Friday, October 19, 2012

Friday Fun - Up, Up, Up The Mountain Ahead

Dream big, kids.
When you join a new company, you instinctively adapt to the work pace, flow, and org chart. Some changes take longer than others, and I believe, like Yogi, that "90% of the game is half mental." It takes time to wrap your brain around unfamiliar information, and job titles are part of that adjustment.

What do I mean? Work in science awhile, and you'll collect proper nouns like Halloween candy. Chair of some committee, Head of a department, Scientist 1,2,3,4...infinity. Manager, Director, Prez, Chairman, and of course "Senior" or "Emeritus" appended to every title later in life.

Germane to our earlier discussion about chemistry "life coaches," I feel the community needs a list of all the different things you can do in chemistry, parsed artificially by job description. Here goes, from bottom to top, best I can muster (suggestions welcome!):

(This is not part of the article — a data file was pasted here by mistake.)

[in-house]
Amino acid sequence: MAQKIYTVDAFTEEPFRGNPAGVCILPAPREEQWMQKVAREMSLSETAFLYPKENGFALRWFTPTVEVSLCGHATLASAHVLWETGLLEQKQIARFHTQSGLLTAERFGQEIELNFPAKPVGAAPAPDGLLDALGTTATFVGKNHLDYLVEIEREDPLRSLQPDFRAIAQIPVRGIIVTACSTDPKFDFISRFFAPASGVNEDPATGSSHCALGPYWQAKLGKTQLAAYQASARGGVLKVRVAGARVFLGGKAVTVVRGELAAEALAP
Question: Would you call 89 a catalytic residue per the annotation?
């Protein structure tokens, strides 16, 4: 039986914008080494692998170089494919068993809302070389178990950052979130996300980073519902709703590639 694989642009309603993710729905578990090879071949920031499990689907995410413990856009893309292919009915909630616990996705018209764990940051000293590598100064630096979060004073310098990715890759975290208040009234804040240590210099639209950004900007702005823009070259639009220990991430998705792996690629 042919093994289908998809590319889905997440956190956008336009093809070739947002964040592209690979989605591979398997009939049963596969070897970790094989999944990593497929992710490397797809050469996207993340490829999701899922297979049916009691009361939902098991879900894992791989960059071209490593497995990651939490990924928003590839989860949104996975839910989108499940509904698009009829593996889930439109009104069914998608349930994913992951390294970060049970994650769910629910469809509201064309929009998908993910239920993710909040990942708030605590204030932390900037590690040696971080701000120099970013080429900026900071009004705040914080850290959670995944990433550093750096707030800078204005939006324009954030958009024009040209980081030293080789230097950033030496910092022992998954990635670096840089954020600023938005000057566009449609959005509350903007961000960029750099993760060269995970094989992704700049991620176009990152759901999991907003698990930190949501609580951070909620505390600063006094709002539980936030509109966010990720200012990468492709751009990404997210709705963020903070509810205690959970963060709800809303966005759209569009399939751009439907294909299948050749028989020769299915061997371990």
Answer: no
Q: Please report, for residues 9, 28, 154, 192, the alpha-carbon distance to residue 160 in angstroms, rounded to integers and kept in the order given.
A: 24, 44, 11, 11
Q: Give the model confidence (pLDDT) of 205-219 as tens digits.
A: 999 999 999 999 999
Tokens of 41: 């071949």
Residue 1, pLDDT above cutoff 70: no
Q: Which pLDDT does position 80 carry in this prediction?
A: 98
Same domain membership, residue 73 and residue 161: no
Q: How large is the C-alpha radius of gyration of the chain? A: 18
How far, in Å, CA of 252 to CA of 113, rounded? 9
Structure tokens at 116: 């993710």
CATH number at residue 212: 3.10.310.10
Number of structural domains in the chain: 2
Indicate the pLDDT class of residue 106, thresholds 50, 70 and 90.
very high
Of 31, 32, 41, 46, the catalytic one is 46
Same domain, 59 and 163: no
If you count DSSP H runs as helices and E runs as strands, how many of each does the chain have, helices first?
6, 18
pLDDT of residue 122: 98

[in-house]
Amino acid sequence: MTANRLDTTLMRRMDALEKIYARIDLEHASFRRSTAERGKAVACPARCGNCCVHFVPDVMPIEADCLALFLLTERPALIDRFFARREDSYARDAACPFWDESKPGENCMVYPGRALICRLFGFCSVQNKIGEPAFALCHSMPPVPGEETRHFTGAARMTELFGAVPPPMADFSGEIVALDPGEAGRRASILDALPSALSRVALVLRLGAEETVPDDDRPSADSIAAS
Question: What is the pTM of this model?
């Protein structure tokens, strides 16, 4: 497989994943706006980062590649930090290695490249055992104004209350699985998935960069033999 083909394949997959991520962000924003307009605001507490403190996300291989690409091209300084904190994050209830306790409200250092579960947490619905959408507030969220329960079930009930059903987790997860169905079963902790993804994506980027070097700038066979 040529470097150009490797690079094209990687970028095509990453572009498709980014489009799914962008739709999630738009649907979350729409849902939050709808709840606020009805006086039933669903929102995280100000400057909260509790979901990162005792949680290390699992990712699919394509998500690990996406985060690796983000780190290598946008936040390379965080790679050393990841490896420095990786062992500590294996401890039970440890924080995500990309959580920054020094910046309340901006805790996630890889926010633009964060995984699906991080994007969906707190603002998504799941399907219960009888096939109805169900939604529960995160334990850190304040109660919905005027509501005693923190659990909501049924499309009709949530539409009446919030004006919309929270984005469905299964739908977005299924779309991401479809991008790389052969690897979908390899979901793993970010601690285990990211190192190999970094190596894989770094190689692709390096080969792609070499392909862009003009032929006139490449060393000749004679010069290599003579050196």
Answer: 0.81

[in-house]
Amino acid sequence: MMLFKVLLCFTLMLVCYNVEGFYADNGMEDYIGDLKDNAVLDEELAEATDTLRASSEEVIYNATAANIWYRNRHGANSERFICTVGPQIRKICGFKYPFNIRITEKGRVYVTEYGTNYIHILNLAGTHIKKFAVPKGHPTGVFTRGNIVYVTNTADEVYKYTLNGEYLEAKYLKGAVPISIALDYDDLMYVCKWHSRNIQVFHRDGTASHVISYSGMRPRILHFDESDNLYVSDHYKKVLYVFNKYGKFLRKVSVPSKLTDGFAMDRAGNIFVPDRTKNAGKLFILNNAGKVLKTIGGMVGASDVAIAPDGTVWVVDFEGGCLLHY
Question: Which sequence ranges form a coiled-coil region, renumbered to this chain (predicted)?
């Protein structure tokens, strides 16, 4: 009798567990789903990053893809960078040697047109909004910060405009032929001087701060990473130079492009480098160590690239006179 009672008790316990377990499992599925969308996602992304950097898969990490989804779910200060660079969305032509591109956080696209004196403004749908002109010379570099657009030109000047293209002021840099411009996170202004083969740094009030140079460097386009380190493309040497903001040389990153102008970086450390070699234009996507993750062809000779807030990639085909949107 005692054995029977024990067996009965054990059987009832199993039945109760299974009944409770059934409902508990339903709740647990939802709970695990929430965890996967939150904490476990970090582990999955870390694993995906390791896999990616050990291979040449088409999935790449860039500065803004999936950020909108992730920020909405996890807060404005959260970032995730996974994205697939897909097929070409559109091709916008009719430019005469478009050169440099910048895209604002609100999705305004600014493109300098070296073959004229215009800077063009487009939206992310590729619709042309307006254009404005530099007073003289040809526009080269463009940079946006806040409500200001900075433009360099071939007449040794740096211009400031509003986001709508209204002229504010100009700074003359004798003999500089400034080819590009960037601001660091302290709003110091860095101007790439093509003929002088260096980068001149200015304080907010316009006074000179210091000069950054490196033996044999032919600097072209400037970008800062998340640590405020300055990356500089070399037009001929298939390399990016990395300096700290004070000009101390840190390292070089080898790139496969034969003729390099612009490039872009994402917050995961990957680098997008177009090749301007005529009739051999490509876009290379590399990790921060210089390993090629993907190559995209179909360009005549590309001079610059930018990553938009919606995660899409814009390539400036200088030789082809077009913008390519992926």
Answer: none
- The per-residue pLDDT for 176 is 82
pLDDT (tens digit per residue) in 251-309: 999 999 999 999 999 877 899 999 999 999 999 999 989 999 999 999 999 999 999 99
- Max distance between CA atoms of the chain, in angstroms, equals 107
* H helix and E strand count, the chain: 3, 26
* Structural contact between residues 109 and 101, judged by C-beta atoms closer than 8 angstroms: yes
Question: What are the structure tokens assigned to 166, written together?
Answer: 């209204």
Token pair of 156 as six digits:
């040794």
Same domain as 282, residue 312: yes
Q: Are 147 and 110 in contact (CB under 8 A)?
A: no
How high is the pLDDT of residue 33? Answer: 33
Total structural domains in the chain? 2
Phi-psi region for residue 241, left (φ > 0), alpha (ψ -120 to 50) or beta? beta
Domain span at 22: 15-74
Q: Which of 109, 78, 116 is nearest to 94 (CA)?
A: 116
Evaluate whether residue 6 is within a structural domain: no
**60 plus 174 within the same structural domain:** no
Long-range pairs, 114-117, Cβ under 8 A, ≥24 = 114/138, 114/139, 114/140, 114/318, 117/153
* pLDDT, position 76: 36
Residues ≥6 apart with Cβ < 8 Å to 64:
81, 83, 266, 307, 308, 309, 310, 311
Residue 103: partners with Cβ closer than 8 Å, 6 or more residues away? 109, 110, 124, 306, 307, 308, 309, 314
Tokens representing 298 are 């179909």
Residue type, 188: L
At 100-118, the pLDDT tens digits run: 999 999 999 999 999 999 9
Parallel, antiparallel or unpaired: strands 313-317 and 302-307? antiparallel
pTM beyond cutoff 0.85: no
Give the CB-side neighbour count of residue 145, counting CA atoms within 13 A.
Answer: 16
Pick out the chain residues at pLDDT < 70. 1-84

That Kid who likes Science
Student
Test Tube Washer
Intern
Science Fair Winner
Chemistry Major
Teaching Assistant
Science Fair Judge
Tutor
Technician
Research Assistant
Grad Student
Research Associate
Lab Manager
Scientist
Postdoc
Habilitant
Assistant Professor
Adjunct Professor
Research Chemist
Associate Faculty
Visiting Professor
Manager
Grantee
Hey, look, a hyper-literal metaphor!
Scientist II
Principal Scientist
Senior Scientist
Specialist
Associate Professor
Senior Chemist
Project Head
Special Advisor
Senior Manager
Chief Scientist
Assistant Director
Full Professor
Associate Director
Dept. Head
Director
Chaired Professor
Vice President
Assistant Dean
Chief Scientific Officer
Research Fellow
Advisor
Dean
Vice-Chancellor
President
Vice-Chairman
Chairman
Ribbon-Cutter
Laureate
Chancellor
Board Member
Knight / Dame
(see post title)
CEO
Founder

...and, of course: "Emeritus" (everything above).

Readers, what did I miss on this life expedition? Suggest 'em in the comments, and I'll toss suggested titles in where I think they fit best. 
Happy Friday!

5 comments:

  1. you left out "associate faculty." It is a term used for people like me who teach isolated classes at different junior colleges. It is not tenure track, it has no stature or stability. It is, however, an opportunity to contribute to science.

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